People step up to the plate all the time. The problem is that even if they get funded for $30-40K, they quickly find that it isn't enough to spend 1-2 years developing something when each programmer on the team could be making $100K or more working in the corporate world. Check KickStarter and search for "virtual tabletop" and you will see a few current projects, a bunch of unsuccessful projects and a few others that were successful from a funding standpoint but which are either still in early development or which have gone away or gotten absorbed into another VTT.

https://www.kickstarter.com/discove...letop&woe_id=0&sort=magic&seed=2409343&page=5
 

Wicht

Hero
Given how little support the game is given by the publisher nowadays, I guess IK has really tanked for Privateer Press.

It works both ways: a game with little support garners fewer players; a less popular game is going to lead to less support from a publisher with other irons in the fire. My guess here, is that Privateer simply discovered there was more money to be made, for them, in a miniatures game than a RPG.
 

Elvish Lore

Explorer
It works both ways: a game with little support garners fewer players; a less popular game is going to lead to less support from a publisher with other irons in the fire. My guess here, is that Privateer simply discovered there was more money to be made, for them, in a miniatures game than a RPG.

Absolutely. It's why they veered into minis back in the day after starting with D&D 3.0 products. I can't fault PP at all -- I think they developed a big, beautiful rpg with the new IK but even if it had been a lot more popular, PP's ROI is far, far greater with minis.
 

Hussar

Legend
Well, the budgets for MMO games are usually in the millions of dollars range. The VTT space is growing, but it is no where near the size of an MMO market yet. There was a recent MMO built by an RPG company and we see that even a few million dollars was not enough. If there are a million users for a VTT, you'll find that 950K of them expect to use it for free.

People step up to the plate all the time. The problem is that even if they get funded for $30-40K, they quickly find that it isn't enough to spend 1-2 years developing something when each programmer on the team could be making $100K or more working in the corporate world. Check KickStarter and search for "virtual tabletop" and you will see a few current projects, a bunch of unsuccessful projects and a few others that were successful from a funding standpoint but which are either still in early development or which have gone away or gotten absorbed into another VTT.

https://www.kickstarter.com/discove...letop&woe_id=0&sort=magic&seed=2409343&page=5

Yes, but, none of those is backed directly by an RPG producer. I'm not talking about some guy or group of guys creating (or really, recreating) another VTT. I'm talking about a fully branded D&D VTT with a big old WOTC stamp right on the front. Or, a Pathfinder VTT with a Paizo Golem on the cover. Take your pick.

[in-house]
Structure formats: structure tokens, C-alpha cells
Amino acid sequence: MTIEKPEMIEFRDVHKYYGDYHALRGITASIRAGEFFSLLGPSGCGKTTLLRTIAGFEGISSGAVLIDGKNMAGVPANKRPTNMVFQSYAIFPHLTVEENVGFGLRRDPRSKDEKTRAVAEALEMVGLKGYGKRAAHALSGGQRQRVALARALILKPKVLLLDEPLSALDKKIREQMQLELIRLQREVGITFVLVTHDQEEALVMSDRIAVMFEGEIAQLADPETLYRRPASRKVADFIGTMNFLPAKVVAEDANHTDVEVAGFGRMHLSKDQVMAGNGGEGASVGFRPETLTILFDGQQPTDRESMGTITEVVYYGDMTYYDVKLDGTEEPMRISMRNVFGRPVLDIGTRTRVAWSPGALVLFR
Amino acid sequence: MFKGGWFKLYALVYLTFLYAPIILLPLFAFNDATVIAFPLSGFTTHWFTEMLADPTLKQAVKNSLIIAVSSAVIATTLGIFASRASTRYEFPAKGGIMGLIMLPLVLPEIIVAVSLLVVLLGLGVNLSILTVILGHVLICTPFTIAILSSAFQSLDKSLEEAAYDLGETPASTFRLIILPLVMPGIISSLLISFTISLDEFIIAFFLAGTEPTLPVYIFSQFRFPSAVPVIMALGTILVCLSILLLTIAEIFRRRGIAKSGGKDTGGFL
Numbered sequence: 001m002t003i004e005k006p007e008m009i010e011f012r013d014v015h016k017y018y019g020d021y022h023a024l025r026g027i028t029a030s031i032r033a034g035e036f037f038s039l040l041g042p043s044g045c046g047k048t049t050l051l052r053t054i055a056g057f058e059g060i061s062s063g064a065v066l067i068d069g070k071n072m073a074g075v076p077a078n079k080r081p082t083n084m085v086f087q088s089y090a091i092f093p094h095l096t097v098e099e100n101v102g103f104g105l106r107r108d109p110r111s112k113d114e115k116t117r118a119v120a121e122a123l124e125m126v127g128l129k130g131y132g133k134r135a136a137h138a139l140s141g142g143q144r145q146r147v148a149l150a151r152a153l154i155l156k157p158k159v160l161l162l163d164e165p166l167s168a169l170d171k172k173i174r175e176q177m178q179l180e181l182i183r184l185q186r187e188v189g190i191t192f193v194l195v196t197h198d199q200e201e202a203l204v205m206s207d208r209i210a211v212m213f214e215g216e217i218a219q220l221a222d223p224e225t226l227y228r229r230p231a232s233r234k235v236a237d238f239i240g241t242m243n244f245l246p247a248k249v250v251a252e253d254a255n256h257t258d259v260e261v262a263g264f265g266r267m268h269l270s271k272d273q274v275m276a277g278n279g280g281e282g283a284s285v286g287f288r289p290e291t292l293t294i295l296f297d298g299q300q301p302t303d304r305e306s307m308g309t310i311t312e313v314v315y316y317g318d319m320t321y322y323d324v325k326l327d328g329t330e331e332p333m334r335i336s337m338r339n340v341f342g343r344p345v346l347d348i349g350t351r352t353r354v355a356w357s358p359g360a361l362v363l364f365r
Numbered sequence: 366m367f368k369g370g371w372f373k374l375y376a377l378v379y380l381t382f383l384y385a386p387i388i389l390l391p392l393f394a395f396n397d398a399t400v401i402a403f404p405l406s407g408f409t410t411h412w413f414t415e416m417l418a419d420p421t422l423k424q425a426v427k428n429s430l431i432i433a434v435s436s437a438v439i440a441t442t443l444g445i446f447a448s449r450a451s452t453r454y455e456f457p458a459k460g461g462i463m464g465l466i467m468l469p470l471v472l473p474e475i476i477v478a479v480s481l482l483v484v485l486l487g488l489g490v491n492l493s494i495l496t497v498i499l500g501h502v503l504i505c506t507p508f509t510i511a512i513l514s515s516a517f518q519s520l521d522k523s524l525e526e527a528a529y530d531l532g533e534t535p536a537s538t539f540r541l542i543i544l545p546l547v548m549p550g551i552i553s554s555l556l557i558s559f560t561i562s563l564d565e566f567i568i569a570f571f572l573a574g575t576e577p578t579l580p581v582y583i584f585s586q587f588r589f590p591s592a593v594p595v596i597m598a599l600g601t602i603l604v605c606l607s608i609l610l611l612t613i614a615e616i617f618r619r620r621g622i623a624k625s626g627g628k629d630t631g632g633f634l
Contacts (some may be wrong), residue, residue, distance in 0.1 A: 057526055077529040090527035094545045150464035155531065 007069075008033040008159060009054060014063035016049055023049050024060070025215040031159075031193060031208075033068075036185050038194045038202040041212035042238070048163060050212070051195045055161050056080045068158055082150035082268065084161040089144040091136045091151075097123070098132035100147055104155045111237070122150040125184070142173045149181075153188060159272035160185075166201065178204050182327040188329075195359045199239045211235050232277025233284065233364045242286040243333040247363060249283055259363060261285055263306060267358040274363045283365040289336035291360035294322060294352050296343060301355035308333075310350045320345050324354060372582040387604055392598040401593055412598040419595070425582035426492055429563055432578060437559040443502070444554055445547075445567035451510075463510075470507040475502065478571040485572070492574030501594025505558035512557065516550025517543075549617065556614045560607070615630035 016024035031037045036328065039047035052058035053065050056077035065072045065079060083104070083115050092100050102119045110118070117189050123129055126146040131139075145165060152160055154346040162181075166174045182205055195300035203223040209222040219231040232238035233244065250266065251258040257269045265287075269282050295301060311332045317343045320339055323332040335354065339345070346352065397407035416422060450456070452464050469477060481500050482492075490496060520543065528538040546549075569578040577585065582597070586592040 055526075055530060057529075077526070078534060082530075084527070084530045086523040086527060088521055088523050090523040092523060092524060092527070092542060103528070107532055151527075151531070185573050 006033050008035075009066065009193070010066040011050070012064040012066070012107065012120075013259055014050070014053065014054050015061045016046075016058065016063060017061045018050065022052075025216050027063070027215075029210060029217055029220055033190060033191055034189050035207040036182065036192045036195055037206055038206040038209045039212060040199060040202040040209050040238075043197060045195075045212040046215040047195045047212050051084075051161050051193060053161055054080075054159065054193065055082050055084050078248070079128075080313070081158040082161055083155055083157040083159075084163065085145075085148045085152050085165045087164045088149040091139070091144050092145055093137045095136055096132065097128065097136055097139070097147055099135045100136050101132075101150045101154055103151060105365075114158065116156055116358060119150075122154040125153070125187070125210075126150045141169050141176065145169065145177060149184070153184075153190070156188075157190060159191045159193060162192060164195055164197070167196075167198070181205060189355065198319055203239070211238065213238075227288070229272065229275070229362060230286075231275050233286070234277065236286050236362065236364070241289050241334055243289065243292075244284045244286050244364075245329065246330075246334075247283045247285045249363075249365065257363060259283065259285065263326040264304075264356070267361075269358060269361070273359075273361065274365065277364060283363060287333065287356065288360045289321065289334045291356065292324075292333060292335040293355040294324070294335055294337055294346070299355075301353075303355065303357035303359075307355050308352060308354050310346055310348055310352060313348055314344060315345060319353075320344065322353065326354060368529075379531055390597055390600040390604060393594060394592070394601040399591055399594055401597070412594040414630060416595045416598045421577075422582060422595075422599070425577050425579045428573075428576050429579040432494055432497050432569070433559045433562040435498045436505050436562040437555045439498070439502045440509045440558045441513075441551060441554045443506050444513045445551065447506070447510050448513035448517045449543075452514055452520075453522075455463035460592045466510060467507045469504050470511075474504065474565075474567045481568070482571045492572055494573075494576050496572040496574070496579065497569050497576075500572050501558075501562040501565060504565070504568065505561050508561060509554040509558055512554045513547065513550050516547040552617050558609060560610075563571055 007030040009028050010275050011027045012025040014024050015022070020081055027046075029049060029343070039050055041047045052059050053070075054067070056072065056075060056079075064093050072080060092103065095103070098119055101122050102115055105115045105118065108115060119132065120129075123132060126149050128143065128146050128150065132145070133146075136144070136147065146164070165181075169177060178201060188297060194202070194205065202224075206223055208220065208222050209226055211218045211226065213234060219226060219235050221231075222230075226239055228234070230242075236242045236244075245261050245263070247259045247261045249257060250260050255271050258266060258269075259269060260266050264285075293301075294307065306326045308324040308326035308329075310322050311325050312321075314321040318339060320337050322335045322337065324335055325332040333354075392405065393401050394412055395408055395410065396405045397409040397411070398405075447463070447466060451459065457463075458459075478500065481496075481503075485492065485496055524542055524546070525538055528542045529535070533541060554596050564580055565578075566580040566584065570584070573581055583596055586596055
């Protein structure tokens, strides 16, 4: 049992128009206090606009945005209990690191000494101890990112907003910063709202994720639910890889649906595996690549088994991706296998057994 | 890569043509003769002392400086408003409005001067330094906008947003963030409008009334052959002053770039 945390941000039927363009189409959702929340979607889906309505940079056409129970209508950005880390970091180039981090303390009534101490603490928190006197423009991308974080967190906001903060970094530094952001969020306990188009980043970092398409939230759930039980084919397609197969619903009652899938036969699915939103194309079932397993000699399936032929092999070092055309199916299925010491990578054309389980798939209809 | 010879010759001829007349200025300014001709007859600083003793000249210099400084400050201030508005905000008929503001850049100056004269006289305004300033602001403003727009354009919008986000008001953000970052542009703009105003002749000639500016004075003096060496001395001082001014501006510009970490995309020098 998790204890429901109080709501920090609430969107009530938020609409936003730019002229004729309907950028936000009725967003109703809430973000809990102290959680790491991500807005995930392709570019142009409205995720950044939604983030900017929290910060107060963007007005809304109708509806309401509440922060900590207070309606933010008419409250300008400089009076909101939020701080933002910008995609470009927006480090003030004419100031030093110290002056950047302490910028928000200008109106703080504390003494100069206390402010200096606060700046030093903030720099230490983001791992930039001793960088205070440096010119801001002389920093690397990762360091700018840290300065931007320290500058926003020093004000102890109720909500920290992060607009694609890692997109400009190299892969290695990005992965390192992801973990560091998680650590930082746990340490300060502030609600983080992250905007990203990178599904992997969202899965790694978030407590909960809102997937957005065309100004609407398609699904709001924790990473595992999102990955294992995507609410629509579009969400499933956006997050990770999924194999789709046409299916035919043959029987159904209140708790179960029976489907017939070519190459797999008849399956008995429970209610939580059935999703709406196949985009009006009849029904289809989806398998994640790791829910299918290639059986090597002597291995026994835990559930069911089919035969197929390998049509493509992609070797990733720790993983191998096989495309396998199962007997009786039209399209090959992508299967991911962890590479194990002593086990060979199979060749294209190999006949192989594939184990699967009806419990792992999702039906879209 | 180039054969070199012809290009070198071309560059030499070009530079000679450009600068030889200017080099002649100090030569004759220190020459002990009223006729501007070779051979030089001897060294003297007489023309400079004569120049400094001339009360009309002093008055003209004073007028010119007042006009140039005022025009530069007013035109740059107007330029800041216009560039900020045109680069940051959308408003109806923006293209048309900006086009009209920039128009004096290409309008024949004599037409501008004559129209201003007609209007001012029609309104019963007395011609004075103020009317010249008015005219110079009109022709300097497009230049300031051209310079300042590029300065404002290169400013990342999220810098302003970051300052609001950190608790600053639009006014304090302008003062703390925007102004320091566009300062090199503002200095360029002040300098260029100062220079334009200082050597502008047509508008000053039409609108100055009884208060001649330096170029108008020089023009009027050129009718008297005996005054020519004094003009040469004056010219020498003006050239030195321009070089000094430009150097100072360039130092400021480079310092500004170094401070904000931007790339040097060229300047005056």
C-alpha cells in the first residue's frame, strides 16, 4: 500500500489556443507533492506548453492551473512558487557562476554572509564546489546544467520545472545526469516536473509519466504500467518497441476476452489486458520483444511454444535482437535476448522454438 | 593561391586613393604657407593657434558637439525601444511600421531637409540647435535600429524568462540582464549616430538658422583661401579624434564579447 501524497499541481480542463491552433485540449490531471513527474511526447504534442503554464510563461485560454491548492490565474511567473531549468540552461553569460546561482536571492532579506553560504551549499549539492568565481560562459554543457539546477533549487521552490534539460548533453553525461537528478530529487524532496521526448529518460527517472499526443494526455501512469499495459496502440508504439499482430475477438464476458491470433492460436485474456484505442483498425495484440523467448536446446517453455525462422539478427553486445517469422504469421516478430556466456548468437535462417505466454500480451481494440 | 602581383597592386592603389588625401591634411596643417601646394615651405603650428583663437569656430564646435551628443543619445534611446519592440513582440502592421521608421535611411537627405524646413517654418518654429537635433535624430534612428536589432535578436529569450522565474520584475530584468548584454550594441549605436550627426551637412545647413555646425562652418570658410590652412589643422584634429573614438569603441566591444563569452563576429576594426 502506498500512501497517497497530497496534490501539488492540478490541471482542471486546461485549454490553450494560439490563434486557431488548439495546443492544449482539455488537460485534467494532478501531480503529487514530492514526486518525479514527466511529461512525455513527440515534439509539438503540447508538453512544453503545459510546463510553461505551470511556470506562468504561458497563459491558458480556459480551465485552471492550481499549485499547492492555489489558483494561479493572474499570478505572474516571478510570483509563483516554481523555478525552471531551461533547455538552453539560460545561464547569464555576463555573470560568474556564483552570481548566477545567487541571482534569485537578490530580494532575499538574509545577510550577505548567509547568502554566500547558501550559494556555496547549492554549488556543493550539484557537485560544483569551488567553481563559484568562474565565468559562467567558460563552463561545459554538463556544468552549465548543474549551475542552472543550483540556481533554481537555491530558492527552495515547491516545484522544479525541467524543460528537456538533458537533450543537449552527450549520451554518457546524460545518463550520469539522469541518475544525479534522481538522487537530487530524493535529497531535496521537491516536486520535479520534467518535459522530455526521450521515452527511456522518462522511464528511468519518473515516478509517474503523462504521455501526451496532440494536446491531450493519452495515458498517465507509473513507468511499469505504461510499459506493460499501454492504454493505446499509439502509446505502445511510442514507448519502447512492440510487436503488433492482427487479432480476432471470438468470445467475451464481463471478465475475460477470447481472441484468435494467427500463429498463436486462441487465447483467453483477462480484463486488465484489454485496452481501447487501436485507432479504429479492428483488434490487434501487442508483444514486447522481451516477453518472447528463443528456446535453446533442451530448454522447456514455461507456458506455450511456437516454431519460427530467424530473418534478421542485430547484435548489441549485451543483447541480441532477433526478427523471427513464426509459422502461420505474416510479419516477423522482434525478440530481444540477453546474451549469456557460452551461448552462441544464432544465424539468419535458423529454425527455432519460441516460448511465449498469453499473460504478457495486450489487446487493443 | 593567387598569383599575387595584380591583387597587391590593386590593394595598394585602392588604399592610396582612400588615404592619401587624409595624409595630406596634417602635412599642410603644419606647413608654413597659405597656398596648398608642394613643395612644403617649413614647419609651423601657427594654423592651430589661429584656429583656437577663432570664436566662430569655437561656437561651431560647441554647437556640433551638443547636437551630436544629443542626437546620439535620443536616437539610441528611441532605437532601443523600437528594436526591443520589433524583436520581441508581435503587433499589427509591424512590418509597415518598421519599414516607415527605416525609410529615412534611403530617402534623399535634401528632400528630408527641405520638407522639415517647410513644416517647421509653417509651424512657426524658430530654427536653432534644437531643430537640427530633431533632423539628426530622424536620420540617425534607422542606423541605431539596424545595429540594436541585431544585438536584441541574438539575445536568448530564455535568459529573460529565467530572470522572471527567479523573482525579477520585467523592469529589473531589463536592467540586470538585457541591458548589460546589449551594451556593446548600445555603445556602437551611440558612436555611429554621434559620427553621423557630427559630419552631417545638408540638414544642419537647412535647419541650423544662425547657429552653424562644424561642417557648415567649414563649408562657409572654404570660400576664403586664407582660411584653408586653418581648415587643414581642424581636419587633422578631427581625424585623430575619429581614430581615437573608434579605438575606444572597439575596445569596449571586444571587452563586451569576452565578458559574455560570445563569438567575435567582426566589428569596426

Again, two years? Seriously? It would take two years to create a VTT from scratch? Or do you mean two years for one person? WOTC managed to get a fully functional VTT out for 4e in 6 months or so. Granted, it still had some ways to go - the functionality wasn't quite there yet. But, I find the idea it would take two years to develop a single game VTT to be a very high estimate.
 

smiteworks

Explorer
It all depends on how many people you have on the project and what you expect the system to actually do. Yes, you can get a very basic system set up in as little as a few months. It won't do but a fraction of what existing VTTs do and it won't have much content. The problem is that the market of people who are willing to pay for a very basic system that doesn't do at least what the major VTTs today do, is extremely small.

I don't know what else to tell you. Most RPG companies are smaller than you think and only a few would have the resources to attempt it. Those who have, have not been successful doing it.
 

darjr

I crit!
Yes, but, none of those is backed directly by an RPG producer. I'm not talking about some guy or group of guys creating (or really, recreating) another VTT. I'm talking about a fully branded D&D VTT with a big old WOTC stamp right on the front. Or, a Pathfinder VTT with a Paizo Golem on the cover. Take your pick.

Again, two years? Seriously? It would take two years to create a VTT from scratch? Or do you mean two years for one person? WOTC managed to get a fully functional VTT out for 4e in 6 months or so. Granted, it still had some ways to go - the functionality wasn't quite there yet. But, I find the idea it would take two years to develop a single game VTT to be a very high estimate.

Paizo has tried, and so far I don't know that they've even released an alpha of their VTT yet. WotC tried several times and eventually gave up and went with a complete third party solution, providing only the content. As soon as you let thousands of different machines with hundreds of different configurations install your app you have a HUGE headache on your hands and a handfull of developers get overwhelmed very fast. Even if you are very very lucky and everything works perfectly on known configurations and the source code is completely easily maintainable, which I promise you will be very unlikely.

I think these other VTT's like roll20 and WotC's third party partner have had the chance to slowly build up their feature set and fix bugs. To slowly expand their user base and deal with the issues at a more sustainable pace for their companies sizes. That takes time, so any competitor that want's to go that successful route will HAVE to start with less functionality and HAVE to be able to survive the time it takes to build that up.

But the competition is already ramping up and getting fierce.
 

Remove ads

Latest threads

Remove ads

AD6_gamerati_skyscraper

Remove ads

Upcoming Releases

Top